Tax tips - property depreciation 101
Tax tips - property depreciation 101
Property investors are entitled to numerous tax benefits, however many fail to take full advantage of the depreciation deductions available to them.
Depreciation is considered a non-cash deduction, meaning you don’t need to spend any money to be eligible to claim it.
While investors are aware of claims for expenses such as interest on their loans, council rates, property management fees and repairs and maintenance costs, depreciation is a hidden factor often missed.
To explain property depreciation further, here’s a complete guide to answer some of the most frequently asked questions and an example scenario to demonstrate how claiming these deductions improves cash flow.
What is property depreciation?
Property investors can claim sizable tax deductions for the natural wear and tear that occurs to a building and its fixtures and fittings over time. These deductions are known as property depreciation.
The Australian Taxation Office allows owners of income-producing properties to claim this depreciation as a tax deduction.
What can you claim?
Depreciation deductions are split into two categories:
- Division 43 capital works
- Division 40 plant and equipment
The capital works deductions relate to claims for the wear and tear that occurs to the structure of the property and any fixed items. Examples of capital works items include the roof, walls, doors, kitchen cupboards and toilet bowls.
Generally, any residential building where construction commenced after September 15, 1987 will entitle its owner to capital works deductions.
These deductions can be claimed at a rate of 2.5 per cent per year for up to forty years.
Owners of older buildings constructed prior to 1987 should still find out what deductions are available, as these buildings have often undergone some form of renovation resulting in capital works deductions.
Plant and equipment depreciation can be claimed for the easily removable fixtures and fittings found within the property.
There are more than 6,000 different depreciable assets recognised by the ATO which investors can claim. Examples include carpets, blinds, air conditioners, hot water systems, smoke alarms and ceiling fans.
Legislation changes made in 2017 affect plant and equipment depreciation eligibility.
Under the changes, owners of second-hand income-producing properties can’t claim depreciation for previously used plant and equipment assets. However, they can still claim for new plant and equipment assets and other capital works.
Each plant and equipment asset is assigned an individual effective life and depreciation rate by which depreciation should be calculated. Some assets may be eligible for the low-value pool or immediate deduction.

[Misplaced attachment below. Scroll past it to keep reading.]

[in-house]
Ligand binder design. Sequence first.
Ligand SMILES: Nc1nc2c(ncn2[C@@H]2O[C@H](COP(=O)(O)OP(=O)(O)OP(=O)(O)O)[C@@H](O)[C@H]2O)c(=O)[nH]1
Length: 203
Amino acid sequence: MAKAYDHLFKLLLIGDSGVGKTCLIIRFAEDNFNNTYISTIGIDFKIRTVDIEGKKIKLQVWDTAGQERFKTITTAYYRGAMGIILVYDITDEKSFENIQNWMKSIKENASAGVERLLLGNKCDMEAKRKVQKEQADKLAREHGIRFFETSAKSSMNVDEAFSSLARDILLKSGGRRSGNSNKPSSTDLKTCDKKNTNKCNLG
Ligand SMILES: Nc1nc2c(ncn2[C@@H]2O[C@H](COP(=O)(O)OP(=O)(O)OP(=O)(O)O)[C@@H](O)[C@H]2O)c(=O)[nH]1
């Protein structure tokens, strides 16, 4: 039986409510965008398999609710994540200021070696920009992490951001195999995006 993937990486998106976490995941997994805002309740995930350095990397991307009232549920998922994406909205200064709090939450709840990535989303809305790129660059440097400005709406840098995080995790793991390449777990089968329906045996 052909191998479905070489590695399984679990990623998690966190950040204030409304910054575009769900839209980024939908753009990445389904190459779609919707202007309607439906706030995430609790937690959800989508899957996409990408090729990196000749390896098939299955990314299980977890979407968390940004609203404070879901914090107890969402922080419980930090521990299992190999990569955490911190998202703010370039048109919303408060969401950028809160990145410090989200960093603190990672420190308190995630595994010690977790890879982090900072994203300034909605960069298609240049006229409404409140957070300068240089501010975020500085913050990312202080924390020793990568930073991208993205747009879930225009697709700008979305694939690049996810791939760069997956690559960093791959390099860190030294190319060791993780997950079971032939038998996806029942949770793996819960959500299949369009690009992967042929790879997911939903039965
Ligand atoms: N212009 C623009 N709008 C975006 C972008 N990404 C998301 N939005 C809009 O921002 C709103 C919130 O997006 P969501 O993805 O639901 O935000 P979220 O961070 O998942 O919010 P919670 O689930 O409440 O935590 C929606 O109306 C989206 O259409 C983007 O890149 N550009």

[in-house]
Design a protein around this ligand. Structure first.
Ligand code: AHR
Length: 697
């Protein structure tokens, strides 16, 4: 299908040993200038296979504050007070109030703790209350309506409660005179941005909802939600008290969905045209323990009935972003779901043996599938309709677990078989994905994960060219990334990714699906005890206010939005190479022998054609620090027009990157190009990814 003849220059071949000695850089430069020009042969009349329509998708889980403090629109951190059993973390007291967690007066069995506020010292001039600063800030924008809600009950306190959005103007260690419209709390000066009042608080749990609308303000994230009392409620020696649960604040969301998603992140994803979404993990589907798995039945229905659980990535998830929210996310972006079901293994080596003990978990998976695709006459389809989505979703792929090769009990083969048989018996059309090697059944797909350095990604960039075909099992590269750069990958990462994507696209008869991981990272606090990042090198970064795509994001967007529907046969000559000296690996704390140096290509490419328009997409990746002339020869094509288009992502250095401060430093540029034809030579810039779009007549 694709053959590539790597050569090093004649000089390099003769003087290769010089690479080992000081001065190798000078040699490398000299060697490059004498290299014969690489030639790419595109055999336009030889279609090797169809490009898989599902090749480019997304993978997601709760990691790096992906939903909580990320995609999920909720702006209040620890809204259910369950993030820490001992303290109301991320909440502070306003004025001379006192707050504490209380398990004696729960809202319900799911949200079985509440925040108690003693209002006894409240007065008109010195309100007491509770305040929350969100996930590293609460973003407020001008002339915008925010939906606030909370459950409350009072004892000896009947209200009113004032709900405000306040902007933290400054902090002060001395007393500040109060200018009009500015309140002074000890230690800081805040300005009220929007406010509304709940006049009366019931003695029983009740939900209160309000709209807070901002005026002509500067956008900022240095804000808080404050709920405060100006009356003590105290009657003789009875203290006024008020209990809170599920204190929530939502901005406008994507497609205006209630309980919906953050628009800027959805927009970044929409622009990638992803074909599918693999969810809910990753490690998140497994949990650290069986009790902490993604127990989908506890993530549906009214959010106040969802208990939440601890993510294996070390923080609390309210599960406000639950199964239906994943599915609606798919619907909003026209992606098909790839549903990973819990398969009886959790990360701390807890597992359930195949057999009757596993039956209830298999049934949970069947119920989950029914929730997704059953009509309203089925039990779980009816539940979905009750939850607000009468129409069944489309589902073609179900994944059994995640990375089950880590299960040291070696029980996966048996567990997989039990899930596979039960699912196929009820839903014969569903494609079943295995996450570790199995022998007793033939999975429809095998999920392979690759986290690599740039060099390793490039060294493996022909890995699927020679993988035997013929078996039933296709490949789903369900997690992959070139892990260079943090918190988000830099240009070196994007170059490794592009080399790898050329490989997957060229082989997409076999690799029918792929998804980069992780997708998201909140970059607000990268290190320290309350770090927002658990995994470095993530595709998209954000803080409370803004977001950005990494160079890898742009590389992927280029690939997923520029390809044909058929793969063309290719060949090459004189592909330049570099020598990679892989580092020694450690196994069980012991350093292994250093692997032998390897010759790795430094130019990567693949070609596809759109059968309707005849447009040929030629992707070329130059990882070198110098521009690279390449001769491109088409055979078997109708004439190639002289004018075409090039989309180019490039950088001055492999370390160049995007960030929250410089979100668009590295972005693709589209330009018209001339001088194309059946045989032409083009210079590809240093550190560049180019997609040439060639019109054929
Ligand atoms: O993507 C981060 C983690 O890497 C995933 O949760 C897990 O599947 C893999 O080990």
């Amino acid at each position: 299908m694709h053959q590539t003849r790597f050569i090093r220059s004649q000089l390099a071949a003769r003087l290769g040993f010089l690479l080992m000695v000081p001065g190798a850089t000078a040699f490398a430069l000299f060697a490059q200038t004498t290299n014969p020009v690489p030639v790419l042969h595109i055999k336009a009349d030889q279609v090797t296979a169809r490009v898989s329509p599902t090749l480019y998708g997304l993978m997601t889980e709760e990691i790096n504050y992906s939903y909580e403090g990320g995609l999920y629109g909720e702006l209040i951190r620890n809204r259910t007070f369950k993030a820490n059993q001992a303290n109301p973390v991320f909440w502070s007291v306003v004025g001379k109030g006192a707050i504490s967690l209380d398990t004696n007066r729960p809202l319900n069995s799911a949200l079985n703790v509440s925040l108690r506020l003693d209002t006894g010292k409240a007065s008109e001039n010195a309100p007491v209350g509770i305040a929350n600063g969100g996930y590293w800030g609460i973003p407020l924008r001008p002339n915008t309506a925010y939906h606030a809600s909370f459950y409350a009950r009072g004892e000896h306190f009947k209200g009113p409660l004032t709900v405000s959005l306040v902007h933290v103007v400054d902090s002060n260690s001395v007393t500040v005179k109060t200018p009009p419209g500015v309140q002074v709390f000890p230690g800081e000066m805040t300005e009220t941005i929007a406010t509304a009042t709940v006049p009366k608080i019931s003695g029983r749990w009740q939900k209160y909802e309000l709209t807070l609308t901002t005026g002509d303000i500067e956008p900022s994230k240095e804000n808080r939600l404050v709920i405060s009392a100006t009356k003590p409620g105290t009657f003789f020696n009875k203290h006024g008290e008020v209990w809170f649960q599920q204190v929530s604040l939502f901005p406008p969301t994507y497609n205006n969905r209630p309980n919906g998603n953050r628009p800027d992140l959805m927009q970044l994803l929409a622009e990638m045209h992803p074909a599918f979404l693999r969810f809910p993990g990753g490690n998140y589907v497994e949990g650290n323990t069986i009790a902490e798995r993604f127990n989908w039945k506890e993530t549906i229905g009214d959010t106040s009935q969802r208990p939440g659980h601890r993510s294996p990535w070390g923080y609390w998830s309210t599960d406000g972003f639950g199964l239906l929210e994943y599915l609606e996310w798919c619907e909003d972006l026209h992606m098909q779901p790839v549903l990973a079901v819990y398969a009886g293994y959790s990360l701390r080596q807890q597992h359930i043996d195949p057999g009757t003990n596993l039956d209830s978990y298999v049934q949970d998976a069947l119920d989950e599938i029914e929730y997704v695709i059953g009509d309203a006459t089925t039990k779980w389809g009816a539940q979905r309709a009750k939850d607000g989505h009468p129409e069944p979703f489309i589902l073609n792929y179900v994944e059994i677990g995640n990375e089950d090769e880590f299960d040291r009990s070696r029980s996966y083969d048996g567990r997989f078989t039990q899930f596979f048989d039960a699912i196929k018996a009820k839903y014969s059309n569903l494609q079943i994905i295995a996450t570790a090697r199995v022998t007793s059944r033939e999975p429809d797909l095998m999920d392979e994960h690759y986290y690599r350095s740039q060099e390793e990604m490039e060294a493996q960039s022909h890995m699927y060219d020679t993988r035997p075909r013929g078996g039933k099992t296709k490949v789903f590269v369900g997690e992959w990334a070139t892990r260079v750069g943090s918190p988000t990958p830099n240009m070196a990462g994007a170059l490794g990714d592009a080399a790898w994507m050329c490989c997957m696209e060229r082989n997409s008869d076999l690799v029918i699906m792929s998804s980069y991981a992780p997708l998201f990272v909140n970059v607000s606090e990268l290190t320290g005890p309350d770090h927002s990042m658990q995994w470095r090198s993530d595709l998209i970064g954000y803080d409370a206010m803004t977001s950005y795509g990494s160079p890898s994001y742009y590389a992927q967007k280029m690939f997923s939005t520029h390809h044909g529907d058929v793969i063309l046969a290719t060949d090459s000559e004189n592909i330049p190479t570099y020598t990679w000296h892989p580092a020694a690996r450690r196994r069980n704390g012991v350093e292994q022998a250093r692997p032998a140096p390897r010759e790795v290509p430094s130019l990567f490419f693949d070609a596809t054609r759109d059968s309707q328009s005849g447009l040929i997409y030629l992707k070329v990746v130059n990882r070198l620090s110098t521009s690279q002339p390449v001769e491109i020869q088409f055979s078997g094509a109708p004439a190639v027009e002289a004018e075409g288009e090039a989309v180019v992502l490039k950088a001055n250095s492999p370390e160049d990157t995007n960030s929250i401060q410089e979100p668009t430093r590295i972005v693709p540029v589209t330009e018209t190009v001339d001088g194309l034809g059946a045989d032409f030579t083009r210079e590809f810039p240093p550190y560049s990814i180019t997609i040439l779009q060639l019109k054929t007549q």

How will claiming depreciation help an investor?
Including a depreciation claim in your annual income tax return can make a significant difference for an investor.
The below scenario demonstrates an investor’s situation with and without a depreciation claim. In this example, the investor purchased a $600,000 house and rented the property for $650 per week, or $33,800 per annum.
In this example, without depreciation, the investor is experiencing a weekly cash flow of $47.
After consulting their accountant, they discovered they could claim $11,100 in depreciation in the first full financial year. By taking advantage of depreciation, their weekly cash flow increased to $126.
Who should you contact to calculate and maximise your deductions?
It’s recommended that investors contact a specialist quantity surveyor to complete a comprehensive tax depreciation schedule for their property to ensure their deductions are maximised.
Quantity surveyors are recognised under Tax Ruling 97/25 as one of a few select professionals with the knowledge necessary to estimate construction costs for depreciation purposes.
What is involved in completing the depreciation schedule?
As part of the process of preparing a schedule, a depreciation expert will visit the property to take measurements and photograph all of the assets contained within the property. They will also take detailed notes about any structural improvements or additions that have been made to the property.
They will work with the property manager to gain access to complete the inspection with the tenants. The quantity surveyor will provide a copy of the depreciation schedule to both the property owner and their accountant, so they can process your claim at the end of each financial year.